Last night Caitlyn Jenner delivered an incredibly moving speech while accepting the Arthur Ashe Courage Award at the ESPY’s. I have been incredibly proud and thankful that Caitlyn has been using her status and spotlight to bring attention to the issues that trans people face on a daily basis in a way that acknowledges the community and is easily understood by cisgender people. I truly believe that she is helping to change the social landscape in the United States, and that people are finally beginning to understand and accept the reality and legitimacy of the trans identity.

I am not a self-described “social justice warrior”, but I believe it is important to  use my platform as a writer to help people better understand unfamiliar things and promote sensitivity and respect for people who may differ from the norms. When it comes to Caitlyn Jenner and trans vocabulary, I truly believe that people are interested in using the appropriate terms, but simply lack the knowledge or life experience to know what is okay to say and what is simply problematic. I must also admit that it can be scary and overwhelming to learn about an entirely new thing, especially when you’re afraid of screwing up and saying the wrong thing. I think it is incredibly important, however, to make a real effort to educate yourself and learn more about the trans community because the best ally is an educated one.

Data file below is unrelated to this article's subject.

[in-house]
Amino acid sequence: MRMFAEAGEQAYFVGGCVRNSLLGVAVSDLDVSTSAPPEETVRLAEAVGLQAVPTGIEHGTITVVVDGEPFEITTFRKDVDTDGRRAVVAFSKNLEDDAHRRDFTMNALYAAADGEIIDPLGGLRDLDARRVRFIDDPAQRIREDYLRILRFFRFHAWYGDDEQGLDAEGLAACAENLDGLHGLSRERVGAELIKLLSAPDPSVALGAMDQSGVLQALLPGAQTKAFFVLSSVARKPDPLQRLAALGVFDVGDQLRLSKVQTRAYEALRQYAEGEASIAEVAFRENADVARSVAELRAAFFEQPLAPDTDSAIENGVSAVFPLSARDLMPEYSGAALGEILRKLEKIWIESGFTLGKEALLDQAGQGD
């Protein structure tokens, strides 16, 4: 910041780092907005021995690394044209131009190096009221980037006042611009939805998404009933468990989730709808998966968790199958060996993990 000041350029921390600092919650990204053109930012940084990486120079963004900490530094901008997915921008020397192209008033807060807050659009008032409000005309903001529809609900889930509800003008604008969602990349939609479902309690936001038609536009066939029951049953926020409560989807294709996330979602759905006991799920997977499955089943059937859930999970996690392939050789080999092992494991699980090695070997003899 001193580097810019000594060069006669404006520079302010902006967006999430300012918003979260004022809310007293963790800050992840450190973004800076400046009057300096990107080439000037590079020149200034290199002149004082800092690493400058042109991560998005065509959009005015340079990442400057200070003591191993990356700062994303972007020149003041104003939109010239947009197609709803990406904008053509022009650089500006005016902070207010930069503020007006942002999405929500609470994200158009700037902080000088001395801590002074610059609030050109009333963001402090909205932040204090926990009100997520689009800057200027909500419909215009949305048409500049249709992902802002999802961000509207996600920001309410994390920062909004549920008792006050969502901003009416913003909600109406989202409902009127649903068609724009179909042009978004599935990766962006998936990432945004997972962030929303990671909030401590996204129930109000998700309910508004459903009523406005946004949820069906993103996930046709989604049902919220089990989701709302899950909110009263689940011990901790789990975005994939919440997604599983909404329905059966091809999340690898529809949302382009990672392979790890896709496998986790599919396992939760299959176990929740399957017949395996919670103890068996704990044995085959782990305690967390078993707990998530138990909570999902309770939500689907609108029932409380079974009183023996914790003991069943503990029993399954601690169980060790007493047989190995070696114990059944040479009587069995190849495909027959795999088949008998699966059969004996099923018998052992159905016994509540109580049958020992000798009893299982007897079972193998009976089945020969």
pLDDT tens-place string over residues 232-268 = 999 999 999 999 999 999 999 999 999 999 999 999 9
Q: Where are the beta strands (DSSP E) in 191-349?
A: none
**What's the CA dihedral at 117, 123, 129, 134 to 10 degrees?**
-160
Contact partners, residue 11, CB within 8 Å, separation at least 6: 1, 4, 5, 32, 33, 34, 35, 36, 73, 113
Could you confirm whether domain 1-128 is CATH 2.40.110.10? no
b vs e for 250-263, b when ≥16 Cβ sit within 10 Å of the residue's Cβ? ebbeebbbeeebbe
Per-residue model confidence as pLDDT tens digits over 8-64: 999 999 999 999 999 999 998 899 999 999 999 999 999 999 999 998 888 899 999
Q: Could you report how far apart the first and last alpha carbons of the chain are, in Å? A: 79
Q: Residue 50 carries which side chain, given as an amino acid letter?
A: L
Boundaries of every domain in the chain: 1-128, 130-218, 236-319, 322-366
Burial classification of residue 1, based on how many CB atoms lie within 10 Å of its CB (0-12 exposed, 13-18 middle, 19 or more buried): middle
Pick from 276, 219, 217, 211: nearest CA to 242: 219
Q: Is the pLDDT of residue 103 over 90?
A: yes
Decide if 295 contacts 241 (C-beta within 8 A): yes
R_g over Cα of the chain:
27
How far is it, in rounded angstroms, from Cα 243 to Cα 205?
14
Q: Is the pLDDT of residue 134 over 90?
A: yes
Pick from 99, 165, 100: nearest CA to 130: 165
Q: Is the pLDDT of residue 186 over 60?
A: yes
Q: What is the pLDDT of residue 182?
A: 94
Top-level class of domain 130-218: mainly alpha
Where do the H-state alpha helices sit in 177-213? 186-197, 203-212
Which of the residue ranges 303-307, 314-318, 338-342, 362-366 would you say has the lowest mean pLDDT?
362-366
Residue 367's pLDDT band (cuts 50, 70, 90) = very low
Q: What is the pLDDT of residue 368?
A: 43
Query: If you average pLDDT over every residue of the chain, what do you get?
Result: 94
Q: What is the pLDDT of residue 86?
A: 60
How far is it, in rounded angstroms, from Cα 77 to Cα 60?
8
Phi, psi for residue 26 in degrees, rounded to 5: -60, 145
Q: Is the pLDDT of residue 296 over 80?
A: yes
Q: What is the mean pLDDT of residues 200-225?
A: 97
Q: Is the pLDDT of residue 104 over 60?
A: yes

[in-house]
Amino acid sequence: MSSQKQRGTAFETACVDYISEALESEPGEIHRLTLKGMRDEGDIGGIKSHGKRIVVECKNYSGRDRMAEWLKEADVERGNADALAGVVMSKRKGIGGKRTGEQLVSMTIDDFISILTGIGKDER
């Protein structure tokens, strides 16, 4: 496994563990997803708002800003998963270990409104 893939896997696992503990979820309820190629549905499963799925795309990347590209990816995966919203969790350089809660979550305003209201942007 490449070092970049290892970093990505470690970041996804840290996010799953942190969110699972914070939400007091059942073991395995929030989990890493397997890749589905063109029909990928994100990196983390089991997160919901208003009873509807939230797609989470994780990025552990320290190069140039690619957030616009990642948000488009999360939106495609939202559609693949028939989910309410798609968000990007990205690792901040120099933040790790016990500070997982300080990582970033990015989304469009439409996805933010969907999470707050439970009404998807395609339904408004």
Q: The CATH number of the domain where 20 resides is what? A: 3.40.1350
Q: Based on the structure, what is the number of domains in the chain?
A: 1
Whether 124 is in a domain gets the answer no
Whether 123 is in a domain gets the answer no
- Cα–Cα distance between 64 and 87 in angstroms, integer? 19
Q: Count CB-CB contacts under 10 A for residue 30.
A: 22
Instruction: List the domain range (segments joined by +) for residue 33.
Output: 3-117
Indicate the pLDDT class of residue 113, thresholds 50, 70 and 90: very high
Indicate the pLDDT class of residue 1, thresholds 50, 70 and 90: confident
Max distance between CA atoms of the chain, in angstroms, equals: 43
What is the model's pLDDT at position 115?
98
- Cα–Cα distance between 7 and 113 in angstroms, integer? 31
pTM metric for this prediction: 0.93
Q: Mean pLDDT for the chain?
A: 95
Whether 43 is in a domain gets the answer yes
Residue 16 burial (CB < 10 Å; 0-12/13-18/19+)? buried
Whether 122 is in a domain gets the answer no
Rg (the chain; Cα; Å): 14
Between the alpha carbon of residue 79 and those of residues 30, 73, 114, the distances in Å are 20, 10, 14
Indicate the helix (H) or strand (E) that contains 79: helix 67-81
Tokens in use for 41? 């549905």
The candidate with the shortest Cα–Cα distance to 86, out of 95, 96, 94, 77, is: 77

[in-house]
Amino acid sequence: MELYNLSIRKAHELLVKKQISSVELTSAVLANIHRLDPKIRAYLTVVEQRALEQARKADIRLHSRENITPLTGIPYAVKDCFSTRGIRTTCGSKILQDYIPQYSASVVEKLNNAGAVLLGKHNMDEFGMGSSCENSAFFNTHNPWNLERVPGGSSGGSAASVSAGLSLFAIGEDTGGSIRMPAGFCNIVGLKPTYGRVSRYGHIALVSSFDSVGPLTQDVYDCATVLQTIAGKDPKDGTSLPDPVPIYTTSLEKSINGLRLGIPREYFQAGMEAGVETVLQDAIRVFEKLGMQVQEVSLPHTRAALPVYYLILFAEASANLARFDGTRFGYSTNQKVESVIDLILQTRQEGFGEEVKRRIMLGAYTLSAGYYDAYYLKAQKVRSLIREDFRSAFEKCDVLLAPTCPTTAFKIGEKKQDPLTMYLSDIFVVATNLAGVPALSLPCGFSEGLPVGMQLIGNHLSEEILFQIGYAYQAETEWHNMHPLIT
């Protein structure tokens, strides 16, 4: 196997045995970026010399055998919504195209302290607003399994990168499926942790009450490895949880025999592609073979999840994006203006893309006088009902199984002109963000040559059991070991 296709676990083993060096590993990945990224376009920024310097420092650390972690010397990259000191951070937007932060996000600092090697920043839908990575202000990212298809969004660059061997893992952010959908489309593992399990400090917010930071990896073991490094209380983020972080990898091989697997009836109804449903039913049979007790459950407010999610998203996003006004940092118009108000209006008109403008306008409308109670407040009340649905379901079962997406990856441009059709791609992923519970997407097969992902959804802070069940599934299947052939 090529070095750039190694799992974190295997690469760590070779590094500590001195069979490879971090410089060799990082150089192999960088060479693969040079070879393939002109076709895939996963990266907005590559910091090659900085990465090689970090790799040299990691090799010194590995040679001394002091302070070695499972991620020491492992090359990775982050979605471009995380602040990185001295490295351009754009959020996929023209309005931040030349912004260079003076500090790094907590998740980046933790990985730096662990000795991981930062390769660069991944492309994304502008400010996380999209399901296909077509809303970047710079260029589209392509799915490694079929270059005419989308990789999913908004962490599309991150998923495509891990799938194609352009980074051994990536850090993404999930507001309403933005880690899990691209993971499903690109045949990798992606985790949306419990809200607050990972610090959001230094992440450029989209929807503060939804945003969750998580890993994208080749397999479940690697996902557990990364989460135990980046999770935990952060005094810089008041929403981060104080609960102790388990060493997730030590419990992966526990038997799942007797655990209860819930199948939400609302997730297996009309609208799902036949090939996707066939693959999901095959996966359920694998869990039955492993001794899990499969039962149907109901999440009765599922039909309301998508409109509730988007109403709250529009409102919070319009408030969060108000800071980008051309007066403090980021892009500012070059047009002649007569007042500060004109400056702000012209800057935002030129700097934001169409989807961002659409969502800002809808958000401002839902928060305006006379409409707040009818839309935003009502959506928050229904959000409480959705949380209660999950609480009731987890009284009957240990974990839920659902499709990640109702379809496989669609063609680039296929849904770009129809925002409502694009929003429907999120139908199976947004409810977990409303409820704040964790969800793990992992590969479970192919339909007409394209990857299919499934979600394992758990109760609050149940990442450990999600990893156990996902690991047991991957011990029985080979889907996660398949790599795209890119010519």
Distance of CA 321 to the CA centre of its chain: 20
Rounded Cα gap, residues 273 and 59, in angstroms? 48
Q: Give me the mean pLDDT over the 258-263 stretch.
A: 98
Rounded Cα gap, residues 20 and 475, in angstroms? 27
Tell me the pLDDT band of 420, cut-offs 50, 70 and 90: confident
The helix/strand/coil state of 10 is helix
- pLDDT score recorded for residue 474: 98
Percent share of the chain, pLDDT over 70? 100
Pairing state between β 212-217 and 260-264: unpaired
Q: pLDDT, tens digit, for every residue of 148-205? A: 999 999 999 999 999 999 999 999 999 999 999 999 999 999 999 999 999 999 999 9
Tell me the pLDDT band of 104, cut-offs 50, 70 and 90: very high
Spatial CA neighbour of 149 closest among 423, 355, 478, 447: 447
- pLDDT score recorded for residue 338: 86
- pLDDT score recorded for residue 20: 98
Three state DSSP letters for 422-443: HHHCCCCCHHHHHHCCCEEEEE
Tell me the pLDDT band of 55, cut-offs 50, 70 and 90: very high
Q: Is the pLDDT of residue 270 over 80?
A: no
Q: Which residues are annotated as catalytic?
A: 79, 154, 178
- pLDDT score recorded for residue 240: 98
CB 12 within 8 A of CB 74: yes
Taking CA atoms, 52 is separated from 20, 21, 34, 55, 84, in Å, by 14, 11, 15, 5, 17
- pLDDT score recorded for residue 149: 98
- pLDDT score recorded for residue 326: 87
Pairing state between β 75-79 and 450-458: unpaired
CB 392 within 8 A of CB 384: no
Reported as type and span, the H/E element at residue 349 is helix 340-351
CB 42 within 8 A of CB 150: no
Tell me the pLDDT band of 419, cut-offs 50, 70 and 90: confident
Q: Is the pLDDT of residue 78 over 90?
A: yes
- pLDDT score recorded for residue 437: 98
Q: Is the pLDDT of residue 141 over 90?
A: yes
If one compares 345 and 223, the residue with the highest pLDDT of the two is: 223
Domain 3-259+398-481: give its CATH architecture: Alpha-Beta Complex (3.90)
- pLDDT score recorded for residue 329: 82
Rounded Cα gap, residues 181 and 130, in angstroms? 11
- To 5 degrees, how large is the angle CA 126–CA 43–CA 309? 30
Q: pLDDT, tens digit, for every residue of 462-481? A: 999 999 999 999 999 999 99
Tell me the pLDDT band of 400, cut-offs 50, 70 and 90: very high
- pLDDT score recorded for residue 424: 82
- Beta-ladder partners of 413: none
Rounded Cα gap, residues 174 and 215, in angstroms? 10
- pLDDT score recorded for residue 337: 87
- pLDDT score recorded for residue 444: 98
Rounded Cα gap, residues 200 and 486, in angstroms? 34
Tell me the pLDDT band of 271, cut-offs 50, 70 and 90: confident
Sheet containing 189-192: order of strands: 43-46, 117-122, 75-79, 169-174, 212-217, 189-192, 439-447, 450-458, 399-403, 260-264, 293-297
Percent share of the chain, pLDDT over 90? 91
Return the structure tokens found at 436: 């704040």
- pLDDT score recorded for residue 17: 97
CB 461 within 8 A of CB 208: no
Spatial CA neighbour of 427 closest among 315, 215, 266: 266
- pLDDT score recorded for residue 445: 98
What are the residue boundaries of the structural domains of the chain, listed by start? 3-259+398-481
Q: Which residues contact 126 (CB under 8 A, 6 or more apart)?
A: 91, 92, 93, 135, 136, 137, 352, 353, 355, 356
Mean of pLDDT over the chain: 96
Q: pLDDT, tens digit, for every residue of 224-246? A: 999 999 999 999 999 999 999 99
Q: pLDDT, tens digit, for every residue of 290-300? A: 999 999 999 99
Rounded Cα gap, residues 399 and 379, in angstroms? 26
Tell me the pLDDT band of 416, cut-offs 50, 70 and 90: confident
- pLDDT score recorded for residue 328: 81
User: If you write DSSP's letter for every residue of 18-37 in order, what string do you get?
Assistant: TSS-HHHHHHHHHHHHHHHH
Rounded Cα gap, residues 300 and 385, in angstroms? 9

Here are some important points I’ve devised based on excerpts from articles I’ve read about trans issues, preferred pronouns, and the like. I hope it informs you in a way that makes you feel comfortable and that it enables you to be a better ally

1. Deadnaming; Don’t do it!

Deadnaming is when you call a trans person the name they were assigned at birth. For example, a lot of people refer to Caitlyn Jenner as “Bruce” when they mention the Olympics or anything that occurred prior to her public disclosure regarding her identity.  It’s understandable that people may think that’s the appropriate thing to do, but it can actually be quite detrimental to the person you’re referring to. Caitlyn has always been Caitlyn; Bruce was a social construct, an identity that made her feel alienated for a good portion of her life, and when you refer to her as “Bruce”, you’re negating that she’s always been Caitlyn, regardless of whether or not she disclosed that prior.

Meredith Ramirez Talusan makes a great point about deadnaming in her article, “What ‘deadnaming’ means, and why you shouldn’t do it to Caitlyn Jenner”: “It promotes the idea that a trans person’s gender only functions as long as she presents herself in a particular way, and puts way too much focus on transition as a before and after event, rather than one part of a long series of steps that trans people undertake to be able to live as our true selves.”

2. Gender is more than anatomy